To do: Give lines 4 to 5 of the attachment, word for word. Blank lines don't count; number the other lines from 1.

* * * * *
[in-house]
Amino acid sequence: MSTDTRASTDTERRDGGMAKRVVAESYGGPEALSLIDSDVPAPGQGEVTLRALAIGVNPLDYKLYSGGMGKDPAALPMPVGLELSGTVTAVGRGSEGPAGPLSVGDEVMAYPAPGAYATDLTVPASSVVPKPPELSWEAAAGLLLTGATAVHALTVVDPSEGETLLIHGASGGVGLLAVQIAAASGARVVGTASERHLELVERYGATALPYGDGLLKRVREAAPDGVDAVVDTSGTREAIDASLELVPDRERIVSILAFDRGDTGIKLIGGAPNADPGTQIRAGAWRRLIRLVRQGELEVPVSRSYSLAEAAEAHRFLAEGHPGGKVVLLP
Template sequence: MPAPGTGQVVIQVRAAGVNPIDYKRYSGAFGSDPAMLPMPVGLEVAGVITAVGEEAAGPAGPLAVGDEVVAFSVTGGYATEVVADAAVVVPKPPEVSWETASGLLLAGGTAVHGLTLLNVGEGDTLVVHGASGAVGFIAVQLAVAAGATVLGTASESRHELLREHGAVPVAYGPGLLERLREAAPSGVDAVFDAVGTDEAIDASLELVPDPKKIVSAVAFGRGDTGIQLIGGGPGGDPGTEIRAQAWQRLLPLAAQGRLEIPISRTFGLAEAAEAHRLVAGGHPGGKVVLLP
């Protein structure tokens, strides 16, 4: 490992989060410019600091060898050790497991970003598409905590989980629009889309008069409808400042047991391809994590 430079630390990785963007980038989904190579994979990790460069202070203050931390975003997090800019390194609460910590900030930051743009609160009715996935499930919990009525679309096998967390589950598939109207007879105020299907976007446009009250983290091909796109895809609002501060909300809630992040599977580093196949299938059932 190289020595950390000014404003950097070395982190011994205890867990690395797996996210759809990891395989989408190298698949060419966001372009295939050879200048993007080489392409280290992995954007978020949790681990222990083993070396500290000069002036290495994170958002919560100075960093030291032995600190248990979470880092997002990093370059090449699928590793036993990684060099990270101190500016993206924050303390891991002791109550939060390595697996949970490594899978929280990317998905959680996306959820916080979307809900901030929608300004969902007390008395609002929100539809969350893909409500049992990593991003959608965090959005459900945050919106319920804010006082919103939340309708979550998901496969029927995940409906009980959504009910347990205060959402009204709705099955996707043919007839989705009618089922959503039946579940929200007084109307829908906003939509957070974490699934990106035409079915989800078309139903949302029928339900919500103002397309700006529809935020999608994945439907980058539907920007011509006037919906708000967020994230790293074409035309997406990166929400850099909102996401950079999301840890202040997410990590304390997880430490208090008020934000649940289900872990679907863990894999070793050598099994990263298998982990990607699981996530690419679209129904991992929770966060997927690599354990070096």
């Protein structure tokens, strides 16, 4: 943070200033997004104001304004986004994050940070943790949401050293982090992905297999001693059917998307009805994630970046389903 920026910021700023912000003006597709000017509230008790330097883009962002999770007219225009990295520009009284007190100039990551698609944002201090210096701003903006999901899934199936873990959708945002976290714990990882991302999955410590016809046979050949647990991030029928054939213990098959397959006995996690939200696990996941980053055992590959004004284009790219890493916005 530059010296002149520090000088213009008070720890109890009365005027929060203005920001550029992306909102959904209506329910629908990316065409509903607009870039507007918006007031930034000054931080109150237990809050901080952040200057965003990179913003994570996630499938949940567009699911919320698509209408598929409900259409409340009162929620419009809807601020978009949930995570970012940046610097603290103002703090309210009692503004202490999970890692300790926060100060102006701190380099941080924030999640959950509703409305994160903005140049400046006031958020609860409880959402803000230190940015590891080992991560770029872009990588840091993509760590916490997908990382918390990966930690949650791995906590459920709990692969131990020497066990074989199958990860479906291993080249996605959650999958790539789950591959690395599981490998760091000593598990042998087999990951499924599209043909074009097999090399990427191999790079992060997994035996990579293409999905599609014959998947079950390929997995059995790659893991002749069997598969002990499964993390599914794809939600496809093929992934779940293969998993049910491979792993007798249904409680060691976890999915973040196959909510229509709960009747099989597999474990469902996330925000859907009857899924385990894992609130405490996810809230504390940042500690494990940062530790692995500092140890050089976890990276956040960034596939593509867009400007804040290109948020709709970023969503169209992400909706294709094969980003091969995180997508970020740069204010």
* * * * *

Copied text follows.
């Protein structure tokens, strides 16, 4: 490992989060410019600091060898050790497991970003598409905590989980629009889309008069409808400042047991391809994590 430079630390990785963007980038989904190579994979990790460069202070203050931390975003997090800019390194609460910590900030930051743009609160009715996935499930919990009525679309096998967390589950598939109207007879105020299907976007446009009250983290091909796109895809609002501060909300809630992040599977580093196949299938059932 190289020595950390000014404003950097070395982190011994205890867990690395797996996210759809990891395989989408190298698949060419966001372009295939050879200048993007080489392409280290992995954007978020949790681990222990083993070396500290000069002036290495994170958002919560100075960093030291032995600190248990979470880092997002990093370059090449699928590793036993990684060099990270101190500016993206924050303390891991002791109550939060390595697996949970490594899978929280990317998905959680996306959820916080979307809900901030929608300004969902007390008395609002929100539809969350893909409500049992990593991003959608965090959005459900945050919106319920804010006082919103939340309708979550998901496969029927995940409906009980959504009910347990205060959402009204709705099955996707043919007839989705009618089922959503039946579940929200007084109307829908906003939509957070974490699934990106035409079915989800078309139903949302029928339900919500103002397309700006529809935020999608994945439907980058539907920007011509006037919906708000967020994230790293074409035309997406990166929400850099909102996401950079999301840890202040997410990590304390997880430490208090008020934000649940289900872990679907863990894999070793050598099994990263298998982990990607699981996530690419679209129904991992929770966060997927690599354990070096």
């Protein structure tokens, strides 16, 4: 943070200033997004104001304004986004994050940070943790949401050293982090992905297999001693059917998307009805994630970046389903 920026910021700023912000003006597709000017509230008790330097883009962002999770007219225009990295520009009284007190100039990551698609944002201090210096701003903006999901899934199936873990959708945002976290714990990882991302999955410590016809046979050949647990991030029928054939213990098959397959006995996690939200696990996941980053055992590959004004284009790219890493916005 530059010296002149520090000088213009008070720890109890009365005027929060203005920001550029992306909102959904209506329910629908990316065409509903607009870039507007918006007031930034000054931080109150237990809050901080952040200057965003990179913003994570996630499938949940567009699911919320698509209408598929409900259409409340009162929620419009809807601020978009949930995570970012940046610097603290103002703090309210009692503004202490999970890692300790926060100060102006701190380099941080924030999640959950509703409305994160903005140049400046006031958020609860409880959402803000230190940015590891080992991560770029872009990588840091993509760590916490997908990382918390990966930690949650791995906590459920709990692969131990020497066990074989199958990860479906291993080249996605959650999958790539789950591959690395599981490998760091000593598990042998087999990951499924599209043909074009097999090399990427191999790079992060997994035996990579293409999905599609014959998947079950390929997995059995790659893991002749069997598969002990499964993390599914794809939600496809093929992934779940293969998993049910491979792993007798249904409680060691976890999915973040196959909510229509709960009747099989597999474990469902996330925000859907009857899924385990894992609130405490996810809230504390940042500690494990940062530790692995500092140890050089976890990276956040960034596939593509867009400007804040290109948020709709970023969503169209992400909706294709094969980003091969995180997508970020740069204010």